On Tuesday 7th June 2016 a new guidance document, Mapping Biodiversity Priorities, was launched at the 13th National Biodiversity Planning Forum (BPF13) in Wilderness, South Africa, by the CEO of the South African National Biodiversity Institute (SANBI), Dr Tanya Abrahamse, and John Tayleur of UNEP-WCMC.
Mapping Biodiversity Priorities sets out a practical, science-based approach to spatial biodiversity assessment and prioritisation, and is intended to be applied at the national level in any country. It is aimed at a wide audience and in particular those involved in revising or implementing National Biodiversity Strategies and Action Plans (NBSAPs).
This guidance will be especially useful for countries that are biodiversity rich yet resource constrained, where difficult choices have to be made about how and where to focus conservation action. It shows how even the most data-poor countries can use available global data to generate useful results for conservation and land use planning.
Mapping Biodiversity Priorities is the result of a collaborative effort between SANBI and UNEP-WCMC. The guidance seeks to distil and share the lessons learned from South Africa’s approach to spatial biodiversity assessment and planning. Some 15 experts in biodiversity planning and assessment, including members of the South African National Biodiversity Assessment team, were brought together at a writing workshop to identify and capture the essential components for conducting spatial biodiversity assessment and prioritisation.
Dr Hilary Allison, Head of Ecosystem Assessment at UNEP-WCMC said: “Working with SANBI to produce this guidance has been a great partnership. The publication shows how a few basic datasets can be combined to produce useful headline indicators of the state of biodiversity as well as map products that help to focus and prioritise conservation action across the landscape and seascape. These can be used to inform a wide range of policy applications.”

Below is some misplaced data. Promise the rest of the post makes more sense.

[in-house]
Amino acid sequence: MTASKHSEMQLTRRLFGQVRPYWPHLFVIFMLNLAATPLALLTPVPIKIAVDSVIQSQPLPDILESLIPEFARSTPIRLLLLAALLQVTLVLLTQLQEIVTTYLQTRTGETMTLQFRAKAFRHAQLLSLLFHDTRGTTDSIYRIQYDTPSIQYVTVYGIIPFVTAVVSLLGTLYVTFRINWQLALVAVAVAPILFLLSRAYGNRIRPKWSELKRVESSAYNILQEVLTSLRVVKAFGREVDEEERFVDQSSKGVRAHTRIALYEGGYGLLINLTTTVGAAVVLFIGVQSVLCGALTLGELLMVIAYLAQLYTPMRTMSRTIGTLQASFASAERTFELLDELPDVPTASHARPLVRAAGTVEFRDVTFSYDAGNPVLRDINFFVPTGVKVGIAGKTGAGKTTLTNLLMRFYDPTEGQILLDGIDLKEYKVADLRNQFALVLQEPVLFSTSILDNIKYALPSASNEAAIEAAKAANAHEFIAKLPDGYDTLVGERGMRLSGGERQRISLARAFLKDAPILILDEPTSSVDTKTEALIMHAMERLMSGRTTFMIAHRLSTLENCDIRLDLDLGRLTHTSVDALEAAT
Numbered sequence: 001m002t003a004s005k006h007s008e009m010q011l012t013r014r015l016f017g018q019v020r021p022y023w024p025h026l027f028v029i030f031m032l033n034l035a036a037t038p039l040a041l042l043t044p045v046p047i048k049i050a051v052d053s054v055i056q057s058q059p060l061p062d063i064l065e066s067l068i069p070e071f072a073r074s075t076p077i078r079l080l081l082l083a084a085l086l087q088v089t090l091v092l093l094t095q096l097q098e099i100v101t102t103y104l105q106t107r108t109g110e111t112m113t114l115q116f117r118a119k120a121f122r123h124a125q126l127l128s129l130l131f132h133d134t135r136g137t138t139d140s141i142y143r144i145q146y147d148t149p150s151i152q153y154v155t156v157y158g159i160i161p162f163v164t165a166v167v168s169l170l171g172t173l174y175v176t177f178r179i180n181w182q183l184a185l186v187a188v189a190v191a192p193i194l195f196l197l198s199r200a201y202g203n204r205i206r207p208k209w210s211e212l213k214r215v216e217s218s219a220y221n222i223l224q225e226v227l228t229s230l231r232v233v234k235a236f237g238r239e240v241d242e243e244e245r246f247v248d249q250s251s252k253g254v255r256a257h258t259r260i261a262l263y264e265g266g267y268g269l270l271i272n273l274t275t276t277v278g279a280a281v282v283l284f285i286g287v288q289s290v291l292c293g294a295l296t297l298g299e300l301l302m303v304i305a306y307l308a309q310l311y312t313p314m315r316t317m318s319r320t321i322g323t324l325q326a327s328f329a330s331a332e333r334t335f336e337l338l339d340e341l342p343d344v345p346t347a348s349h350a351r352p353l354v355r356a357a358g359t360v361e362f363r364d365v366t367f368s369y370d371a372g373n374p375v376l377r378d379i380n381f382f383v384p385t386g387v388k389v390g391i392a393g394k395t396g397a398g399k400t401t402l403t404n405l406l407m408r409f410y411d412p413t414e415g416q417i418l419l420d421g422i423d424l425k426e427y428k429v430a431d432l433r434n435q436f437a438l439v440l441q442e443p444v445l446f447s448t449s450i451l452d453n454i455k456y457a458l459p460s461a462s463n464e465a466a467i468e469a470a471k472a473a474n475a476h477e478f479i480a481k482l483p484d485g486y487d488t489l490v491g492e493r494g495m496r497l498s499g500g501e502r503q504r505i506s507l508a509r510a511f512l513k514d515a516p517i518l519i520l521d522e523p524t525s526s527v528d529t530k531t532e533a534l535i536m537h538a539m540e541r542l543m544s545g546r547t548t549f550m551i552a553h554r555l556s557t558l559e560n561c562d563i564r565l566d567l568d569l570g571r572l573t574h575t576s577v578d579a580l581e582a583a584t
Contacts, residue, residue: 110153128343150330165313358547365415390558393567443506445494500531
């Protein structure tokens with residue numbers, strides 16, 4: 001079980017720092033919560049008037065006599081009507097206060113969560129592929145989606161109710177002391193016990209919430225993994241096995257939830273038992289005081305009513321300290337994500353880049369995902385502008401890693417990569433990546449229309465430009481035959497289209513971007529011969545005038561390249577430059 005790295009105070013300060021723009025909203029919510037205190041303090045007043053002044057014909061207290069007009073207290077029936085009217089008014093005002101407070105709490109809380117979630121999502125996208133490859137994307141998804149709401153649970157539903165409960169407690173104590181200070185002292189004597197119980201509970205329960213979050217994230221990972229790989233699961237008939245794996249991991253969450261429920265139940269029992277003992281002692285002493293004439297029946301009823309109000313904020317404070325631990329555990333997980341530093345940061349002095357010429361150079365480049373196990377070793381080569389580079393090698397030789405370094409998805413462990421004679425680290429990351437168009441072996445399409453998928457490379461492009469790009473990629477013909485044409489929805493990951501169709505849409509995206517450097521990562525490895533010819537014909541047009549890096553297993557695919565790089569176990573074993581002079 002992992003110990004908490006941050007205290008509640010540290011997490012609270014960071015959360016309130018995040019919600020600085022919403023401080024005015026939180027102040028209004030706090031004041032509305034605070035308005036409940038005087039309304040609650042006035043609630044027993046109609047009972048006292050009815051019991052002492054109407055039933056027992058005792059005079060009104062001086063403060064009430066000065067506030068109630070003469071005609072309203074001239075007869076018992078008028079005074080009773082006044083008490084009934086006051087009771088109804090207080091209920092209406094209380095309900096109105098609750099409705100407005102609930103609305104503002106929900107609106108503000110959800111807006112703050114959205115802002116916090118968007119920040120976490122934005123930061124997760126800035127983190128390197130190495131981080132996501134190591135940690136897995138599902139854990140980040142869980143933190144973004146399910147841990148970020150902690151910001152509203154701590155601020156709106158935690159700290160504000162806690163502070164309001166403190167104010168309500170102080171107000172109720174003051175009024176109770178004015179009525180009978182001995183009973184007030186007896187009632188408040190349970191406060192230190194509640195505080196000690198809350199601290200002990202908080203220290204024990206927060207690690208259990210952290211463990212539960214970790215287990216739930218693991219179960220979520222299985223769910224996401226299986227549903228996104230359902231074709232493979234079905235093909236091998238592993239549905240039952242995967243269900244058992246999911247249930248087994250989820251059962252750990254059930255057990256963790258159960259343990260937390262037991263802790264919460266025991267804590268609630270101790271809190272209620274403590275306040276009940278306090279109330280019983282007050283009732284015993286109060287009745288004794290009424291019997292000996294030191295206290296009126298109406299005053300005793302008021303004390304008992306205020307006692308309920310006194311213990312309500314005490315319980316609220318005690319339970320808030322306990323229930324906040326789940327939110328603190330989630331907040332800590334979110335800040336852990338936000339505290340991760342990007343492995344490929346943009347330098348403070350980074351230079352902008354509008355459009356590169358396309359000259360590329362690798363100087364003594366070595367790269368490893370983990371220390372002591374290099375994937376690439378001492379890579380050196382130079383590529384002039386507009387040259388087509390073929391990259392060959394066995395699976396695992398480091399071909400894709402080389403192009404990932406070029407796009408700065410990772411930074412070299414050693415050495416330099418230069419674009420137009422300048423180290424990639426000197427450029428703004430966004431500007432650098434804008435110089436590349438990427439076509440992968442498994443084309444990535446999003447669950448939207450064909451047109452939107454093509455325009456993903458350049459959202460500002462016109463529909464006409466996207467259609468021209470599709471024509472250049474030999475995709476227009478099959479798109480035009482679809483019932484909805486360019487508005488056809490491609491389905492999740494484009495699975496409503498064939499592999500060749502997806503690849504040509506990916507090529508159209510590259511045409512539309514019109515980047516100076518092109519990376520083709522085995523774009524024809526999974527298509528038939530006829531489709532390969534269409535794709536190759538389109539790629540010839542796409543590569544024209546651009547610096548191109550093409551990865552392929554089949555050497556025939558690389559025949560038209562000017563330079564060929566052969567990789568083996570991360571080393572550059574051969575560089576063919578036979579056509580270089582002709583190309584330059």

SANBI’s CEO, Dr Abrahamse, speaking at the launch of Mapping Biodiversity Priorities, emphasised that South Africa’s annual Biodiversity Planning Forum represents a dynamic community of practice whose impact is felt in the wide application of spatial biodiversity planning products in South Africa, across diverse sectors such as land-use planning, mining authorisations, and strategic water resource planning. She explained that the Forum has also played a vital role in building the capacity of young scientists and practitioners, in some cases launching their careers in biodiversity assessment and planning. The publication Mapping Biodiversity Priorities provides an opportunity to share some of this experience with other countries.